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SAMUDRA News Alerts
by Ari Daniel Shapiro
May 14,2012 | Source: BBC
An American chemist says he's found a substance - several, in fact - that can repel some of the most fearsome predators in the ocean. He wants to use his discovery to protect them, and us.
Eric Stroud stands on a pier on the island of North Bimini in the Bahamas. He looks down into the turquoise water.
A couple of eagle rays and barracudas swim by.
"The current is ripping through here right now," he says. "The tide is going out. So any scent that's put here goes right to the outside of the channel, and that's where the big sharks are right now."
Stroud is setting up an experiment. He unwraps 20lbs (9kgs) of frozen sardines, drops them into a mesh bag tied to the pier, and tosses the bag into the water. He's hoping to attract a large bull shark.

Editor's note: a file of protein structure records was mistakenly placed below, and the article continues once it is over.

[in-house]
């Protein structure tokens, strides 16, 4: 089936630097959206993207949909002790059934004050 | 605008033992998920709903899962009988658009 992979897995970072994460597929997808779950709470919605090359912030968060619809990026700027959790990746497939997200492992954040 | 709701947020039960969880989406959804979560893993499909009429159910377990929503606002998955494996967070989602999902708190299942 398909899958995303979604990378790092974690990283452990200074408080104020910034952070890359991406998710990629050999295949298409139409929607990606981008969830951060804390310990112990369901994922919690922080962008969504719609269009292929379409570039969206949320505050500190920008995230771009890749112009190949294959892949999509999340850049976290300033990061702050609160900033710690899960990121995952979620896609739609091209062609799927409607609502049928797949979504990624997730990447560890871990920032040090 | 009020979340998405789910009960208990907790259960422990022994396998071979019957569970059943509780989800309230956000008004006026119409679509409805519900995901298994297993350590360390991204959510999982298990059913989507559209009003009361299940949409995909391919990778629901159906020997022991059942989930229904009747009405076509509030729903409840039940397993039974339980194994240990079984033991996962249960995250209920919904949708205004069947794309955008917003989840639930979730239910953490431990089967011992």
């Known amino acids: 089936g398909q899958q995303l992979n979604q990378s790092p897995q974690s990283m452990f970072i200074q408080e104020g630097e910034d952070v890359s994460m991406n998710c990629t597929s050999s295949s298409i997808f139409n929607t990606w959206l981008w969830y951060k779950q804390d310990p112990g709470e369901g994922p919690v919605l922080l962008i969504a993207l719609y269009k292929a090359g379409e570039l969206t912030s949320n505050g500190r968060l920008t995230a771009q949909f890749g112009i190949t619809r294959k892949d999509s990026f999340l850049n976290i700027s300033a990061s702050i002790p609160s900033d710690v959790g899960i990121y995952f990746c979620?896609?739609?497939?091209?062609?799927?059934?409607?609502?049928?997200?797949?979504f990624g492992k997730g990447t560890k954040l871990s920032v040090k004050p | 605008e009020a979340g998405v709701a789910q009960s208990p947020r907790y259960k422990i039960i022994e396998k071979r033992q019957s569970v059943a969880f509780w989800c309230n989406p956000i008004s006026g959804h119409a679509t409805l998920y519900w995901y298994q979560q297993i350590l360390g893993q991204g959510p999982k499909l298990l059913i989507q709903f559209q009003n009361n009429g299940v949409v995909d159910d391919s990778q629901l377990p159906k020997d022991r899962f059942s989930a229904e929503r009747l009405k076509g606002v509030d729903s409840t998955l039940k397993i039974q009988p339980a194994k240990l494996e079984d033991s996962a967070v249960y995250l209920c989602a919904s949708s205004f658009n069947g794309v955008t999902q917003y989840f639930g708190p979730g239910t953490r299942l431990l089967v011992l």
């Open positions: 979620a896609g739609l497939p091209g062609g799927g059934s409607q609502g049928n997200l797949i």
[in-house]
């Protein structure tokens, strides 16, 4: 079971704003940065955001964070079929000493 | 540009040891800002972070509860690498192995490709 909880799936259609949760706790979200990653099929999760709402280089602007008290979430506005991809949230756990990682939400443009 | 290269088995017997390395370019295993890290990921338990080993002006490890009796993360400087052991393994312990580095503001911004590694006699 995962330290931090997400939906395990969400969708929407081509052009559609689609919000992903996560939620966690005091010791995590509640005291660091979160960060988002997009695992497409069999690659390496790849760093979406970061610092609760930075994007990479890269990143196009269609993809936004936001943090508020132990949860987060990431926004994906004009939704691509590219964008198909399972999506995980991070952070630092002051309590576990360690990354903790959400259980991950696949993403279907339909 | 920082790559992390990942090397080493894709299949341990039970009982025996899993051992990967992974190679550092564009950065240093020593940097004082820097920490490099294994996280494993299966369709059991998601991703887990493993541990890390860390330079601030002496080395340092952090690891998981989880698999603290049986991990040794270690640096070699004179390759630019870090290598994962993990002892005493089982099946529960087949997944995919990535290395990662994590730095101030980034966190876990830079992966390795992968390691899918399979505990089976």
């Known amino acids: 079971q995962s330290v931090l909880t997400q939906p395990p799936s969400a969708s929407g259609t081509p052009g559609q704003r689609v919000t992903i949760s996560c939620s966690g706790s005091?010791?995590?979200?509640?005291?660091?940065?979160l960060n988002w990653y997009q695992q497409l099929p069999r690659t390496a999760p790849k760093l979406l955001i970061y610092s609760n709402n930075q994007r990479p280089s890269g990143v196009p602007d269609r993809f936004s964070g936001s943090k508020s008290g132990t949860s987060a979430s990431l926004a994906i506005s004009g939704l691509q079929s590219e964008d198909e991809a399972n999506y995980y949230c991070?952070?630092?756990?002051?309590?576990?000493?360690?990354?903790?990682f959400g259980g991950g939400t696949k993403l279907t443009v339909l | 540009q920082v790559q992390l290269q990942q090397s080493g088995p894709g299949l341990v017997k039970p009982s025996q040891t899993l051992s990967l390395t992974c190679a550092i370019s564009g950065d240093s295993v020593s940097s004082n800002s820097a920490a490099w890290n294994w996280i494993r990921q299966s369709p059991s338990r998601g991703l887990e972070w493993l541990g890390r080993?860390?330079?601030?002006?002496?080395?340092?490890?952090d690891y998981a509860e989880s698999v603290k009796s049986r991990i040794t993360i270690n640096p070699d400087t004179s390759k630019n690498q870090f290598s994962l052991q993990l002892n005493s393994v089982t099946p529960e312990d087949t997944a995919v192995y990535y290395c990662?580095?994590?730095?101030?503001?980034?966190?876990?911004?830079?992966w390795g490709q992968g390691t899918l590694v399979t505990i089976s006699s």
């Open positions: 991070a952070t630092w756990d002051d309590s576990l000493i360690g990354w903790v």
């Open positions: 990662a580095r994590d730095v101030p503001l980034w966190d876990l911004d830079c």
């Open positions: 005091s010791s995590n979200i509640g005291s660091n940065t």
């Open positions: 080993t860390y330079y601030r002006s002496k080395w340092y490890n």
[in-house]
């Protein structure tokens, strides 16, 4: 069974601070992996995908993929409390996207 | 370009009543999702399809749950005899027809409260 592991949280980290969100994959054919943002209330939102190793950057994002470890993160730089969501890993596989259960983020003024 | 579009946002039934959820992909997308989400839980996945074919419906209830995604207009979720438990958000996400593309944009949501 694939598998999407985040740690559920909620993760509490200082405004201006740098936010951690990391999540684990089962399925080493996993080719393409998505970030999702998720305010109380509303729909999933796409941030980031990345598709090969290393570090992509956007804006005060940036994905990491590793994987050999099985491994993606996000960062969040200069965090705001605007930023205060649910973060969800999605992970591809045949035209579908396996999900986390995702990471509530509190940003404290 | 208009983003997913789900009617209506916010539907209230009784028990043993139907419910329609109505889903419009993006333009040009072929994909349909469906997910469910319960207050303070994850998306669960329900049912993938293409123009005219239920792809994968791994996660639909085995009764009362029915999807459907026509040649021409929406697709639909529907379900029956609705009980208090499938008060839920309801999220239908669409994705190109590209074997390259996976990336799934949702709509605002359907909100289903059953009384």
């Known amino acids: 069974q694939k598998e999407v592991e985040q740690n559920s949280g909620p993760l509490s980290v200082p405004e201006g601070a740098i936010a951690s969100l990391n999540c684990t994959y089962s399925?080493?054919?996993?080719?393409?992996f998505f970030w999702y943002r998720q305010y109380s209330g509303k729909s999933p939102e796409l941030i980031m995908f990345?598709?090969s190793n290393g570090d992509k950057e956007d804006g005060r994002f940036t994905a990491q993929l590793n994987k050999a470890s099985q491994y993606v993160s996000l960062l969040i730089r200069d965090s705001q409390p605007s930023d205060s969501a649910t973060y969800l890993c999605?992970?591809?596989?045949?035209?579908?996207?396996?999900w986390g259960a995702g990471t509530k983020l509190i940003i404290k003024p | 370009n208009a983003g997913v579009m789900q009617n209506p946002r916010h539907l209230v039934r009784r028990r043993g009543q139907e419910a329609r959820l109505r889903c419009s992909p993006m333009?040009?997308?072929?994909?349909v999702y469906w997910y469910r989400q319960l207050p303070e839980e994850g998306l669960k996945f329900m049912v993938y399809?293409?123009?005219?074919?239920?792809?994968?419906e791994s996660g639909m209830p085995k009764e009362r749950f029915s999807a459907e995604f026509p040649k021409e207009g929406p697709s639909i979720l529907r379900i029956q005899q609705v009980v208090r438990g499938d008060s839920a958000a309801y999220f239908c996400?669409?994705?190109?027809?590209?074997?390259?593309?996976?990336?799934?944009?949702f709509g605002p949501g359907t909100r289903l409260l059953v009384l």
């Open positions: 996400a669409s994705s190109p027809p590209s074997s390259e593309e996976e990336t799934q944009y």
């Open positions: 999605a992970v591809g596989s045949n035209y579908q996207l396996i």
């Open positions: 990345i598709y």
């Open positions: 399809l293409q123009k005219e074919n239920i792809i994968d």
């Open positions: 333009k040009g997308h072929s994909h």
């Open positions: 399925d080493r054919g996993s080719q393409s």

"It's a fairly dangerous shark," he explains. "It can be aggressive, especially when provoked or cornered."
If a bull shark does turn up, he'll throw a large baited hook into the water. But it's not your typical fishhook. In fact, if all goes well, this hook won't catch any sharks.
For more than a decade, Stroud has been working to develop shark repellents.
He used to work as a chemist in the pharmaceutical industry. Then, in the summer of 2001, he and his wife went on a cruise to Bermuda.
"We hit bad weather,
© BBC © 2012
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